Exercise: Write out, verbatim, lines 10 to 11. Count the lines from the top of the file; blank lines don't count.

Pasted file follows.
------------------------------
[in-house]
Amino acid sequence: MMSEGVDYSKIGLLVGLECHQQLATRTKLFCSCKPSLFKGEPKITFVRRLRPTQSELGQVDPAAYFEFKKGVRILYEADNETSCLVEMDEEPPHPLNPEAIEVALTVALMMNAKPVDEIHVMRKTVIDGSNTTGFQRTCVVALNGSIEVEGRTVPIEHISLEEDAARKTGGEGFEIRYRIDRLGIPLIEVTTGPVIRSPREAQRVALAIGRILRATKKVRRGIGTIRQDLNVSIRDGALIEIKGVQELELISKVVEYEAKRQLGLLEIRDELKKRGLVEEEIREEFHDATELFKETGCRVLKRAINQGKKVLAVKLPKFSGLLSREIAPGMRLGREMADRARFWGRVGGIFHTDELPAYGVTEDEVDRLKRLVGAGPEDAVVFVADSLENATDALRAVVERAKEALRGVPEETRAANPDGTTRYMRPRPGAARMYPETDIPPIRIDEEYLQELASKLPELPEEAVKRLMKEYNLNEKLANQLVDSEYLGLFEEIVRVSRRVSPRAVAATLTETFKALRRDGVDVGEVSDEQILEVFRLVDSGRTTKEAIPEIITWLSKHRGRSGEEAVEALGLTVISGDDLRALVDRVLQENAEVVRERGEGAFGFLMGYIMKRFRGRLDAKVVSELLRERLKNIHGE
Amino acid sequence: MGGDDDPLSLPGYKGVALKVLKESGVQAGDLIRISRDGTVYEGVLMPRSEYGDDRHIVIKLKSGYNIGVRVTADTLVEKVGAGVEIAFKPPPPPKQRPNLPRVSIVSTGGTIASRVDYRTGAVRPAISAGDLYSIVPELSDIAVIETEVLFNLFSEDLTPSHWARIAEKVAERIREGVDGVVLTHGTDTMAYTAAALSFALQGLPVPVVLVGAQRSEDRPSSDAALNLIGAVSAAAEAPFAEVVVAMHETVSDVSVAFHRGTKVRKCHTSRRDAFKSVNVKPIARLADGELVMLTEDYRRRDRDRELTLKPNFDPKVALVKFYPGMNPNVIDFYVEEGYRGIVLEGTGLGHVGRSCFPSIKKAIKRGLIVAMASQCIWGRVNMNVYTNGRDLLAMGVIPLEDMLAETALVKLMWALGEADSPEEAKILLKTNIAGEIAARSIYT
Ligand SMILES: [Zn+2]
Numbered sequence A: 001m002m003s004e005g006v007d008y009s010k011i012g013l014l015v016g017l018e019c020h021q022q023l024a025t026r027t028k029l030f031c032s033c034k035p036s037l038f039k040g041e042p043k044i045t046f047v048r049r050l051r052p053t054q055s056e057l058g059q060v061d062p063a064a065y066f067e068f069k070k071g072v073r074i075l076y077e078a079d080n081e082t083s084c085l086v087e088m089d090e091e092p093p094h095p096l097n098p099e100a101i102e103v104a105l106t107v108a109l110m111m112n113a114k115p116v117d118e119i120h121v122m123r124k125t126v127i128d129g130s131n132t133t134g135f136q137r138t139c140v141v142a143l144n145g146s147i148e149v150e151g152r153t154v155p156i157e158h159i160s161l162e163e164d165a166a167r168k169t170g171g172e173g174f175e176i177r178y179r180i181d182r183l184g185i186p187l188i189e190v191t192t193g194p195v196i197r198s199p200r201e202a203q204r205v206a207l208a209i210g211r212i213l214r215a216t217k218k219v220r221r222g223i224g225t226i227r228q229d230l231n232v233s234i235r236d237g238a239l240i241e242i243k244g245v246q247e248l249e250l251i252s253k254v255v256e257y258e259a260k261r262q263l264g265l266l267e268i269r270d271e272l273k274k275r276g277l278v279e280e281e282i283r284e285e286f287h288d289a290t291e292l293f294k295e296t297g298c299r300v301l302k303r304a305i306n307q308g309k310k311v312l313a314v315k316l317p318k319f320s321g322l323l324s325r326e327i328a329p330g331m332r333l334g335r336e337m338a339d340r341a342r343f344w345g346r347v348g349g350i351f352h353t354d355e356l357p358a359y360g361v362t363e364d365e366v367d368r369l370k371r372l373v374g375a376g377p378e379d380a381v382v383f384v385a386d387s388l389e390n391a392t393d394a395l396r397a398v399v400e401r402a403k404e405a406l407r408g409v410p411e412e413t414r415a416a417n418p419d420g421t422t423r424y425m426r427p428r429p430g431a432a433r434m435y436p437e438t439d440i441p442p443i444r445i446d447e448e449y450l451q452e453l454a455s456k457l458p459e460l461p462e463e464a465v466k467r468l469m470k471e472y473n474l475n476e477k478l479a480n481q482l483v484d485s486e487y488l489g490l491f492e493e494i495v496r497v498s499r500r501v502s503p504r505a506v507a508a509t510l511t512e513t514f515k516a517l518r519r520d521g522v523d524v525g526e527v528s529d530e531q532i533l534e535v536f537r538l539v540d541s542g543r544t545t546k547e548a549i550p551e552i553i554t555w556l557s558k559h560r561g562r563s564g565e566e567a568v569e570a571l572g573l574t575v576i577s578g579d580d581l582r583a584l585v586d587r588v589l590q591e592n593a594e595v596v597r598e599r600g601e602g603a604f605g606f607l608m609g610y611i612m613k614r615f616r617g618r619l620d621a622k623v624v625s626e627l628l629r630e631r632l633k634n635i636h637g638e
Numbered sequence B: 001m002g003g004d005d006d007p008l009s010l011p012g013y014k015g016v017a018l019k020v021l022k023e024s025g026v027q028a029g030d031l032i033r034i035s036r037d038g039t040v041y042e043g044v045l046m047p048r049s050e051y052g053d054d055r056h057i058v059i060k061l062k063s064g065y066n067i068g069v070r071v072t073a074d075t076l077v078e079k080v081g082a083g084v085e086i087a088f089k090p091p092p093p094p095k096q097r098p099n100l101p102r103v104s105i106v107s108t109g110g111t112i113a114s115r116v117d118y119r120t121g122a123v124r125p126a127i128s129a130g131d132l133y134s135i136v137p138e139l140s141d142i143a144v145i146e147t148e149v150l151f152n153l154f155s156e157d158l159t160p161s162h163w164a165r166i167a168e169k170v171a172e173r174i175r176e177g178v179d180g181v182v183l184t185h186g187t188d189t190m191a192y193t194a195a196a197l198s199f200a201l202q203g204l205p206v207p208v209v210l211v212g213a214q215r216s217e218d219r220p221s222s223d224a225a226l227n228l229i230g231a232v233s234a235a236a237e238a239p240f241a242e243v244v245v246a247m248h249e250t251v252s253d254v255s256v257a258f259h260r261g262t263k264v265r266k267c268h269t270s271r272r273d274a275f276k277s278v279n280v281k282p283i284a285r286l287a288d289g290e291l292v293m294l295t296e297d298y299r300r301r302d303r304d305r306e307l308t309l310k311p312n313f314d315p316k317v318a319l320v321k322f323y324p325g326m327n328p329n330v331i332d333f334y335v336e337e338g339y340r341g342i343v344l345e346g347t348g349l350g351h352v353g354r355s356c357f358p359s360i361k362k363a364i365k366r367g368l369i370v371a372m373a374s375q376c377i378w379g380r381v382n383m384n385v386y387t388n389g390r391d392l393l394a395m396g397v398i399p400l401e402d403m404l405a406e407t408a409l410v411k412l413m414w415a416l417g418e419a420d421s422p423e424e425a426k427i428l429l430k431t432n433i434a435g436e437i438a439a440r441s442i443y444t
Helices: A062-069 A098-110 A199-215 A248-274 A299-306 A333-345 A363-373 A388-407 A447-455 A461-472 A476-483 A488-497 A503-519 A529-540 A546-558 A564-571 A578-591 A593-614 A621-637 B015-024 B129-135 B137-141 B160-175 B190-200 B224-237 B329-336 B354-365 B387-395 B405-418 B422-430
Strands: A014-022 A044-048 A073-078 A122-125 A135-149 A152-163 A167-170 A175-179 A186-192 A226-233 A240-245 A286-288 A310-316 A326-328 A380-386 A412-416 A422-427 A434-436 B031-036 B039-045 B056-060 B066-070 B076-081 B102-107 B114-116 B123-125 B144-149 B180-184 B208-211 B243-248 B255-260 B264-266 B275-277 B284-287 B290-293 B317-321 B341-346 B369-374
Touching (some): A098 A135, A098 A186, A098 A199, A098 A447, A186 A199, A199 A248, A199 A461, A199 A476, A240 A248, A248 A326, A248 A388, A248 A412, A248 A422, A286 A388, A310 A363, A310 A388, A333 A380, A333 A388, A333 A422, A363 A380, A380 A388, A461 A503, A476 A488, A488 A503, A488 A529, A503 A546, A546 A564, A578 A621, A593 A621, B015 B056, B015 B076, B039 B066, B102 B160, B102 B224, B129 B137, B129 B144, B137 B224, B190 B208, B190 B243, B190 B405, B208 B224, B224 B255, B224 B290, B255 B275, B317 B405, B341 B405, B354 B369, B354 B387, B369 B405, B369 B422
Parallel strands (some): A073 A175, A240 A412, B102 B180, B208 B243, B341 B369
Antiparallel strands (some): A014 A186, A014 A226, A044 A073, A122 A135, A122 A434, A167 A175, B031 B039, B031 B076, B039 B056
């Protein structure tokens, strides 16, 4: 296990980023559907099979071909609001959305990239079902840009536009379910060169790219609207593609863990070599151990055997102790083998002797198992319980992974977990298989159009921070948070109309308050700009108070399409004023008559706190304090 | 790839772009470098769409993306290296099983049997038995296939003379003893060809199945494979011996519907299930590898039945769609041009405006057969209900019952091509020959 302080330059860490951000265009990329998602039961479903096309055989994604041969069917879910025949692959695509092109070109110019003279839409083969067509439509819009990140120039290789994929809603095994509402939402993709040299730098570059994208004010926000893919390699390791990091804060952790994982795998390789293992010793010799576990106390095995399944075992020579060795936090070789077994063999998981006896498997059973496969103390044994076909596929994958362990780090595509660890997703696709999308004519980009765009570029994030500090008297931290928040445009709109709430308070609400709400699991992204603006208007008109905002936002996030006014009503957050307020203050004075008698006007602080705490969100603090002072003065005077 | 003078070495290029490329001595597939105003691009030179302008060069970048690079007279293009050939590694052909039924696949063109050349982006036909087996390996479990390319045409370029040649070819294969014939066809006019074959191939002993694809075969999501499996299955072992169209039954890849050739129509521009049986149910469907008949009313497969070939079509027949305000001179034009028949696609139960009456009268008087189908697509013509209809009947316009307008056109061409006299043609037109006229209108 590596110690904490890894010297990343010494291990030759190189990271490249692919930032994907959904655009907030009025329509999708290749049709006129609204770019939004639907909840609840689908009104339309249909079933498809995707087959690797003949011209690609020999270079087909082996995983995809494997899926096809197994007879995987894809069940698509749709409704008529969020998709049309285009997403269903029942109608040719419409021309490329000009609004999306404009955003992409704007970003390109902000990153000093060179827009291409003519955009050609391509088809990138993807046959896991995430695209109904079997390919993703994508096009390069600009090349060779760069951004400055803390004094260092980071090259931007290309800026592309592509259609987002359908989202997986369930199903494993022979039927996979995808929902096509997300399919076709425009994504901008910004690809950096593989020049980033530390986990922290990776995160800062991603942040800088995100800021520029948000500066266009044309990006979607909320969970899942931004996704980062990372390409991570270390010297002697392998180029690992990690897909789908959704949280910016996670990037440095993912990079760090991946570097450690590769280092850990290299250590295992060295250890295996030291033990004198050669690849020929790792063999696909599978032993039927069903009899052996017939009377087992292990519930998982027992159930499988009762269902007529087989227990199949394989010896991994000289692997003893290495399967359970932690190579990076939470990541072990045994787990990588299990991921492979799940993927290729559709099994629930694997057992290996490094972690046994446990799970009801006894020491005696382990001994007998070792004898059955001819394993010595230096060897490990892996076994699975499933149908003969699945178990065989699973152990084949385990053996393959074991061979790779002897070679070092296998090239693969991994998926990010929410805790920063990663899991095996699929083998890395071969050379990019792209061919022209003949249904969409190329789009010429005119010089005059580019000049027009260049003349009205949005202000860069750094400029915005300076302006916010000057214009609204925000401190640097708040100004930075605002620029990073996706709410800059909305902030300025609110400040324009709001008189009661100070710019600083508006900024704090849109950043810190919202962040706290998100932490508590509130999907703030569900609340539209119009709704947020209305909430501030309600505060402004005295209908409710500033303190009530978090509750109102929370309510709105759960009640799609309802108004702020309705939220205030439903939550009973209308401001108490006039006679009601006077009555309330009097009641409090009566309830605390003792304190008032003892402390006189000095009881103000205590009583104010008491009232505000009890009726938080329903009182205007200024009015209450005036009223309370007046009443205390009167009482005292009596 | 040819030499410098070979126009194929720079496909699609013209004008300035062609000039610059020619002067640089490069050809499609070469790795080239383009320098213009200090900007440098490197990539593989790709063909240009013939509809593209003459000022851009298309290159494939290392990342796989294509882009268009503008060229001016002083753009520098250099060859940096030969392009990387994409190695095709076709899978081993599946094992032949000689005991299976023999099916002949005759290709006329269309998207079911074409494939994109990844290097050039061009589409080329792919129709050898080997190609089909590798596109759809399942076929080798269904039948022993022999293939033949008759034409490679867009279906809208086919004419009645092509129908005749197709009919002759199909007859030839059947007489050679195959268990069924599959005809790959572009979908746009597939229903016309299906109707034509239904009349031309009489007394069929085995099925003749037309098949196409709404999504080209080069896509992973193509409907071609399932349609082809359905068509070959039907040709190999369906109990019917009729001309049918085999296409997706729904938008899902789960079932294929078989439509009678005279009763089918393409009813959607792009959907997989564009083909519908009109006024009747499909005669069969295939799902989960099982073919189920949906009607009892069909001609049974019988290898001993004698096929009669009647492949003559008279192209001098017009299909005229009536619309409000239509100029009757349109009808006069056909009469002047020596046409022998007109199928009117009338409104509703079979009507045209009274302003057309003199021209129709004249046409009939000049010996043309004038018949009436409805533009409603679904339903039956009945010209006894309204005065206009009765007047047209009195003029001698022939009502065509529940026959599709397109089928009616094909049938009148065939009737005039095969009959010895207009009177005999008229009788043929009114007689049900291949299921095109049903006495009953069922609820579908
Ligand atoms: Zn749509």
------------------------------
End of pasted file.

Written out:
Parallel strands (some): A073 A175, A240 A412, B102 B180, B208 B243, B341 B369
Antiparallel strands (some): A014 A186, A014 A226, A044 A073, A122 A135, A122 A434, A167 A175, B031 B039, B031 B076, B039 B056